*****************

A sad update just received on 27 September from Geesche (HAH-Namibia volunteer):

This time I sadly don't have good news, Ouvrou, the cat from Okahandja died in her owner's arms :-( she couldn't recover from her injuries. The vet checked her again yesterday as she didn't do well but there was nothing they could do for her except keeping her warm. This is sad but at least Ouvrou is a cat humans didn't fail. She was loved a long time and many tried to help her. When she died she was surrounded by her family, she was not alone or in pain. Thank you so much for making it possible for us to help Ouvrou!  

I also asked Geesche for an update on Sasha-we're still waiting for that, but Geesche said this:

"Hopefully we get an update on Sasha tomorrow. I'm so happy she got help, we just started working with the clinic in Rehoboth. Originally only for one semi feral cat colony but then the fantastic vet nurse Penny asked as if we can help a handful more cats and dogs and we were still busy sorting out the details about the dogs (how much we pay and what we want the dogs to get beside the operation) and along came Sasha. Perfect timing. 4 weeks earlier and there would be no way for her owner to pay for the treatment (he is disabled and unable to work, he only gets some monthly government disability funds) but instead to let her put down.

When she had to come back for her second treatment Penny sent me a message that the owner's family started to cry during Sasha's examination, this dog is so important for the family, I will try to push her treatment as far as possible."

And Geesche also told me about one more recent Emergency Fund case-it's not been easy to keep up with them all!:

"Oh and one more, Dr Baines operated a cat with cancer at the ear. He whatsapped me pictures but I still wait for details (where, when, names etc) and as soon as I have everything I'll send it through to you. In the pictures the cat looks a bit as if it went through a rough night but Dr Baines said she is happy and healthy!"

Midnight was treated for ehrlichia and pyometra
Midnight was treated for ehrlichia and pyometra
Vetkop-surgery on his injured leg & neutered
Vetkop-surgery on his injured leg & neutered
Ouvrou was treated for the wound on her belly
Ouvrou was treated for the wound on her belly
Sasha with swollen belly-hoping for good news
Sasha with swollen belly-hoping for good news

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Bella-Rehoboth Vet Clinic,treated for tick fever
Bella-Rehoboth Vet Clinic,treated for tick fever

As you know, Have A Heart-Namibia uses AKI funds for their priority needs, which HAH has identified as: an Emergency Fund to help good animal owners who can't afford vet bills to get the vet help their cat or dog needs; booster vaccinations and anti-parasite treatment for HAH-Namibia's spay/neuter clients; and spay/neuter of cats.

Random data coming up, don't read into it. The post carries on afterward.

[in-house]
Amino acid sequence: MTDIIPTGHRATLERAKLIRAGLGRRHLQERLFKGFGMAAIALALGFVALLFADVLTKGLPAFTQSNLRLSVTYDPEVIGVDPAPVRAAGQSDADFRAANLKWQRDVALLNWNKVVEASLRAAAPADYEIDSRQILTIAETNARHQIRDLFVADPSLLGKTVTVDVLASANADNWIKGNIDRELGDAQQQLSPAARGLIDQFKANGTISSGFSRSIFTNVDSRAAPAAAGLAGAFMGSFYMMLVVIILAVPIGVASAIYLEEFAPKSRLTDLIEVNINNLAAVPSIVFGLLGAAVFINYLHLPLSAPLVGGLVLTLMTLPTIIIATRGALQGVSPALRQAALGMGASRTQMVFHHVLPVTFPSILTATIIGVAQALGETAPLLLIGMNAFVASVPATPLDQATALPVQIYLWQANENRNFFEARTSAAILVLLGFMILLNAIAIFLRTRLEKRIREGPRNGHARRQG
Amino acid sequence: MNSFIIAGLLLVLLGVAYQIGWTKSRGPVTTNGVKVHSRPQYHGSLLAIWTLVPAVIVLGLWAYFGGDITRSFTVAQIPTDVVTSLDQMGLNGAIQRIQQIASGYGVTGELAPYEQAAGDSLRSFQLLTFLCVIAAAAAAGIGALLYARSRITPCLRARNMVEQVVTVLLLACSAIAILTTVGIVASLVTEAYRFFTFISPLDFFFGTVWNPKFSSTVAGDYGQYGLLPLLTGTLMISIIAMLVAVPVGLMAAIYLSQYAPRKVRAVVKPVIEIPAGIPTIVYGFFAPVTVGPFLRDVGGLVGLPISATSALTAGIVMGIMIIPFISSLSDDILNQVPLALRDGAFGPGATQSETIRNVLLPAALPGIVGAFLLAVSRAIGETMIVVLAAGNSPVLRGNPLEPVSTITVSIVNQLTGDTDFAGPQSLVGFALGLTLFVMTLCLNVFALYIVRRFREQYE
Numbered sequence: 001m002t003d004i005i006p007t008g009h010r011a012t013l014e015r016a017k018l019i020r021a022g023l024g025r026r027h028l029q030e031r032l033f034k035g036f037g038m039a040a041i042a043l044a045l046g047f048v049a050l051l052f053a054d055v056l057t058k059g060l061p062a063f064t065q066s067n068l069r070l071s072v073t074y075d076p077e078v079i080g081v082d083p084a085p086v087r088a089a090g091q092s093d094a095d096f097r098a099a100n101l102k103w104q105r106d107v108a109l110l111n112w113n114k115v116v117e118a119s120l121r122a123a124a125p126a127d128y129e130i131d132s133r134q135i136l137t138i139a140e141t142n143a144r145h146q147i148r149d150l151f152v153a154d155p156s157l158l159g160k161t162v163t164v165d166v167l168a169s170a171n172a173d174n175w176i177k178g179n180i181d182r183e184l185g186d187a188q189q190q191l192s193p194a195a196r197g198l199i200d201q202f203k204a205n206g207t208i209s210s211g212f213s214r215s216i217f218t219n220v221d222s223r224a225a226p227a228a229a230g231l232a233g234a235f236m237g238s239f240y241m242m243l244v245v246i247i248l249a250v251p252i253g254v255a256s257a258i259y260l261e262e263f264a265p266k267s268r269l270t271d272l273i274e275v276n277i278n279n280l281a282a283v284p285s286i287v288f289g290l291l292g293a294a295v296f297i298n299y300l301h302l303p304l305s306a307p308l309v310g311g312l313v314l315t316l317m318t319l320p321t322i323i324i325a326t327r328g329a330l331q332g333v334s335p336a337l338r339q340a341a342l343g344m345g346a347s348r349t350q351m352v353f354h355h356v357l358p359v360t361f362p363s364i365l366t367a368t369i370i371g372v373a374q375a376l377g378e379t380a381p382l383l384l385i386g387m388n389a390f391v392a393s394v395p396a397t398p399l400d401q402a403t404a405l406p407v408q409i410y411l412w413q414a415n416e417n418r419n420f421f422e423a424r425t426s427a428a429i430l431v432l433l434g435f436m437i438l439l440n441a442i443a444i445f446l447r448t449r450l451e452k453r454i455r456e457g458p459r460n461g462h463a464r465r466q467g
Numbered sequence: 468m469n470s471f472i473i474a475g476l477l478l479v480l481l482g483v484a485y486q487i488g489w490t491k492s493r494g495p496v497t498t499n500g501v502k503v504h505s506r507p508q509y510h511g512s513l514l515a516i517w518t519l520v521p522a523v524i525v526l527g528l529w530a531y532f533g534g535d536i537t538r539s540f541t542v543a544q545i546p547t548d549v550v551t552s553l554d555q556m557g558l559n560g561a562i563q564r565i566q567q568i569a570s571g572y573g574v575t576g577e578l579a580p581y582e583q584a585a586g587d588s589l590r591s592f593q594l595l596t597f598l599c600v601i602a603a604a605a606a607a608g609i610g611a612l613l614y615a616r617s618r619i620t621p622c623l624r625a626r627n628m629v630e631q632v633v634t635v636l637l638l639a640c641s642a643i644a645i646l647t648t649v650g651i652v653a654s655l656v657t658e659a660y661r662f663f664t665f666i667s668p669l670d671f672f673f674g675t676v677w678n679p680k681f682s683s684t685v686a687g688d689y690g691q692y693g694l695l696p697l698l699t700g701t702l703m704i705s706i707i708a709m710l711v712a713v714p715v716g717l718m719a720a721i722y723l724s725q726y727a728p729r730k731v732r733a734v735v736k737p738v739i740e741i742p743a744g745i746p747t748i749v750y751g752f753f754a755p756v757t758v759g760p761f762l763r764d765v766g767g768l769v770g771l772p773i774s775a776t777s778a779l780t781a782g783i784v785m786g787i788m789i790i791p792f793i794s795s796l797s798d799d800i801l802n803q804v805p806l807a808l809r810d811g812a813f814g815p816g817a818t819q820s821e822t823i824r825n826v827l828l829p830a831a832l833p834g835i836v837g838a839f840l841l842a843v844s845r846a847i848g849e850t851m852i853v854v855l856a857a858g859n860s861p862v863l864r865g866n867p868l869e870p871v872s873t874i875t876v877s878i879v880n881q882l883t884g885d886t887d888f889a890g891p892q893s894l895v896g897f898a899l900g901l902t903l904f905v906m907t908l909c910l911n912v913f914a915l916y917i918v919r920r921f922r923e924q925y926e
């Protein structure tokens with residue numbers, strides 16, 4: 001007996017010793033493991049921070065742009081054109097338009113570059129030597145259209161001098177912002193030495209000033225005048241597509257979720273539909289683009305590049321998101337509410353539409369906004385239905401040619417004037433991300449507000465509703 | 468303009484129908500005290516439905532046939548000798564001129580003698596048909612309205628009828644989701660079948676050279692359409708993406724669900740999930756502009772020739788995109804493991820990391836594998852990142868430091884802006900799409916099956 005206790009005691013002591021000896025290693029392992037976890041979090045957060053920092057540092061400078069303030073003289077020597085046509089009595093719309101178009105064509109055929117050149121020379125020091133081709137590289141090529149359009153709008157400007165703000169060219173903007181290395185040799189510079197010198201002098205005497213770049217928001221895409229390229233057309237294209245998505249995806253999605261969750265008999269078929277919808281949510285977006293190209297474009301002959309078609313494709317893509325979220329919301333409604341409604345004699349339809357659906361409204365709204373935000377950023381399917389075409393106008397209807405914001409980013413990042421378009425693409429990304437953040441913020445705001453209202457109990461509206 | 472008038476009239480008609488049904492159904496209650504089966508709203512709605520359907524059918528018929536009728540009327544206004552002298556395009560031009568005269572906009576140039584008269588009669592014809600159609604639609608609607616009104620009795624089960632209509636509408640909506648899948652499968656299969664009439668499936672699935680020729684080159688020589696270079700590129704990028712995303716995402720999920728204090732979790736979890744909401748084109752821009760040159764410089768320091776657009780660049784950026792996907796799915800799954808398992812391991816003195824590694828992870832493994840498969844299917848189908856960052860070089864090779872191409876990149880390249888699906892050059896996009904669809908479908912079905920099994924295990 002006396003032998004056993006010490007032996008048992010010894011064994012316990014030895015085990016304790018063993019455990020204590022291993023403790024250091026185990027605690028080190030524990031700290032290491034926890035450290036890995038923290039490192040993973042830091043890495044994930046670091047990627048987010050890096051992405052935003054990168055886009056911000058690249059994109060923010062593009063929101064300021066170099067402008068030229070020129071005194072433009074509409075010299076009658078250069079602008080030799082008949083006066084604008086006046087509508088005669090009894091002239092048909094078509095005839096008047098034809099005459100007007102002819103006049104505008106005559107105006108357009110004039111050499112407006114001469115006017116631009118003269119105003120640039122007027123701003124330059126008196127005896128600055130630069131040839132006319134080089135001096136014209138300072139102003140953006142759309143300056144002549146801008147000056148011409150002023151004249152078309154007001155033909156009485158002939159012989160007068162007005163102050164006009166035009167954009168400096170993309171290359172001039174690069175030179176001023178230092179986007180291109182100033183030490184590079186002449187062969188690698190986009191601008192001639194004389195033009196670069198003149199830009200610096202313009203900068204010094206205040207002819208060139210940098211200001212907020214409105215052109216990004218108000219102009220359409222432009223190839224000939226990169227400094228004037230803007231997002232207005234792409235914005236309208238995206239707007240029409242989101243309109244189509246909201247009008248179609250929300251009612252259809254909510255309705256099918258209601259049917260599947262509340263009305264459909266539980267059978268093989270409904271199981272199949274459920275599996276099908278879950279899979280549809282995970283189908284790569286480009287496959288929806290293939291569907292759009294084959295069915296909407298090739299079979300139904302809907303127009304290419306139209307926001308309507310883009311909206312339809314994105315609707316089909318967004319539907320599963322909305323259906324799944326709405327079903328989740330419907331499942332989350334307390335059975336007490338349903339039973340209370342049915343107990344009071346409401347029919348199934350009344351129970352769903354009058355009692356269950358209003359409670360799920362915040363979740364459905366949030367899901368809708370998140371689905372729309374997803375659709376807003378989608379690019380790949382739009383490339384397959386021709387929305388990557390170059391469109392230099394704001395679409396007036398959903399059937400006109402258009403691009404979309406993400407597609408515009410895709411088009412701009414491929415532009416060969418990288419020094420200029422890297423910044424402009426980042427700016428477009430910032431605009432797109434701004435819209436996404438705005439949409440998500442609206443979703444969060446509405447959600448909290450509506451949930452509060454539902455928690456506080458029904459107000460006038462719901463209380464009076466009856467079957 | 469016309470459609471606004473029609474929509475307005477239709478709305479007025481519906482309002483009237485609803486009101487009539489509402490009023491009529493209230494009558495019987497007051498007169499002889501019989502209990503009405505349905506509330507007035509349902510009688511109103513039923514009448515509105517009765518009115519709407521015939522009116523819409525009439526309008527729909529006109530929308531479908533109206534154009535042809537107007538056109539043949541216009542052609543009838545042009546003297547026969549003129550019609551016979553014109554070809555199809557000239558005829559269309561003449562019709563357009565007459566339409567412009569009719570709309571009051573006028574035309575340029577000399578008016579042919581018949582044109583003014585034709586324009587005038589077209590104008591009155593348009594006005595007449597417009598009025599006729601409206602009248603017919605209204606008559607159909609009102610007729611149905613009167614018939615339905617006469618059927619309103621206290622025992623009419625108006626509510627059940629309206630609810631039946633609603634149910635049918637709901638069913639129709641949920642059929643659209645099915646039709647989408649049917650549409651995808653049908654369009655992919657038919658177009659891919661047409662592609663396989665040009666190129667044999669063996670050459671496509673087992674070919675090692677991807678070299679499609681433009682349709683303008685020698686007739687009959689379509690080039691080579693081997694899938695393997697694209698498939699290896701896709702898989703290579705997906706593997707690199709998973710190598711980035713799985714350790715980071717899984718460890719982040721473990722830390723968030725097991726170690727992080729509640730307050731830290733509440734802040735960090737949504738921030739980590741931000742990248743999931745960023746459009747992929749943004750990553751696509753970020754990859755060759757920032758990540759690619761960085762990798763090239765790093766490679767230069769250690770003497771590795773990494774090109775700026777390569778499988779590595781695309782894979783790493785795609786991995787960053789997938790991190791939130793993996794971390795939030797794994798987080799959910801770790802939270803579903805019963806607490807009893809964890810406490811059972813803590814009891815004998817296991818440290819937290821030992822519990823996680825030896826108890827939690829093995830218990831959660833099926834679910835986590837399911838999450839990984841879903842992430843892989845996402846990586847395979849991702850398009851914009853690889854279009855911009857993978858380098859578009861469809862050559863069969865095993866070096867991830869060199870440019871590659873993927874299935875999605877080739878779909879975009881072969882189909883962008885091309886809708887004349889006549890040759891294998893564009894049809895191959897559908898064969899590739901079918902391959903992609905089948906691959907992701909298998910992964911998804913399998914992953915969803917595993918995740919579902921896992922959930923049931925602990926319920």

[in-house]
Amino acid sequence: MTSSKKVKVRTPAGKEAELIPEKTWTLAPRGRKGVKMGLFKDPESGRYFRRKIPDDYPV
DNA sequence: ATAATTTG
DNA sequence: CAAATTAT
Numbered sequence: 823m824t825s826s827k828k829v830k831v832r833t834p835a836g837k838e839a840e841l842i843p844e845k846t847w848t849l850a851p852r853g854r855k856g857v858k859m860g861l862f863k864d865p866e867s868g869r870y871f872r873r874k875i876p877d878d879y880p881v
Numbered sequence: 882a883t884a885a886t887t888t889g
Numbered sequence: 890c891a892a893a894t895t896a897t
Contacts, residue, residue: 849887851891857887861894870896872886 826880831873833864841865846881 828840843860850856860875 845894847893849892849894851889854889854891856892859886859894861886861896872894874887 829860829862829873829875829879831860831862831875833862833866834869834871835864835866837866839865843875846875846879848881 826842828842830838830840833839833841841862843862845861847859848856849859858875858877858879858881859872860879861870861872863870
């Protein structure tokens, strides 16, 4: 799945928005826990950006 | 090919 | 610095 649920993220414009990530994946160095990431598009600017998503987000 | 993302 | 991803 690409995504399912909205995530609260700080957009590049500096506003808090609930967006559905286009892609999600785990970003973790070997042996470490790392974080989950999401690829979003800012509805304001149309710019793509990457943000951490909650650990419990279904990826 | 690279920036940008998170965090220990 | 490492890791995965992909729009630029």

Because of covid-19, HAH-Namibia is receiving more and more requests for help with vet bills. We decided it was time to replenish the AKI-HAH Emergency Fund with a special covid-19 relief grant. And already, HAH is putting it to good use. 

On May 30, HAH-Namibia was contacted about a sick dog named Bella who needed help. Bella’s owner is without work because of covid-19. He has a total of 7 dogs and 3 cats to support (as well as a human family). Geesche got in touch and offered to help Bella using the AKI-HAH Emergency Fund. It turns out the man has a 2nd dog, Snowy, who also needed help-the dog had been hit by a car and couldn’t walk. Of course HAH is helping Snowy too using the Emergency Fund.

Bella and Snowy went to the vet clinic on Saturday. Sadly, both dogs were too sick to receive the help they needed in Rehoboth, Namibia-it’s a small vet clinic with no xray machine for Snowy. It looks like Bella has severe tick bite fever and is on medication for it but needs further tests and more treatment (her liver is damaged already, her gums are yellow), so they both needed to get to Windhoek asap. Transport was arranged and as of Saturday, they were on their way to Rhino Park Clinic in Windhoek.

We don't know yet how the story of Bella and Snowy will end, but we know it's already so much better than it was on Saturday! -They are both getting treatment and relief from pain. Geesche promised to keep us updated. (All the cats and dogs in this family will be spayed/neutered as soon as HAH-Namibia can arrange the surgeries.)

Rex is another beneficiary of the AKI-HAH Emergency Fund. Rex belongs to the Rickerts family (a great name, Rex Rickerts). Rex had a broken leg and Vet Nurse Sheelagh saw how desperate for help the very caring owner was, so she sent a request to HAH to use the Emergency Fund. Sheelagh said that Rex's family is beyond thankful for the help Rex got. They were so worried about him and visited him every day at the clinic. Of course while he was there, Rex was neutered, vaccinated, and treated against parasites.

These are the 1st 3 pets helped by our special covid-19 relief grant. We know there will be many more. We're' so grateful for your support of HAH-Namibia and Animal-Kind International.

We hope you are well and staying healthy and happy during these difficult times.

Bella getting care thanks to the AKI-HAH Fund
Bella getting care thanks to the AKI-HAH Fund
Snowy at Rehoboth Vet Clinic-car accident
Snowy at Rehoboth Vet Clinic-car accident
Snowy headed to Windoek for x ray and treatment
Snowy headed to Windoek for x ray and treatment
Rex Rickerts vet bill covered, AKI-HAH Fund
Rex Rickerts vet bill covered, AKI-HAH Fund
Rex needed an xray-broken leg
Rex needed an xray-broken leg
Rex Rickerts has fully recovered!
Rex Rickerts has fully recovered!

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Animal-Kind International

Location: Jemez Springs, New Mexico - USA
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Project Leader:
Karen Menczer
Director
Jemez Springs, New Mexico United States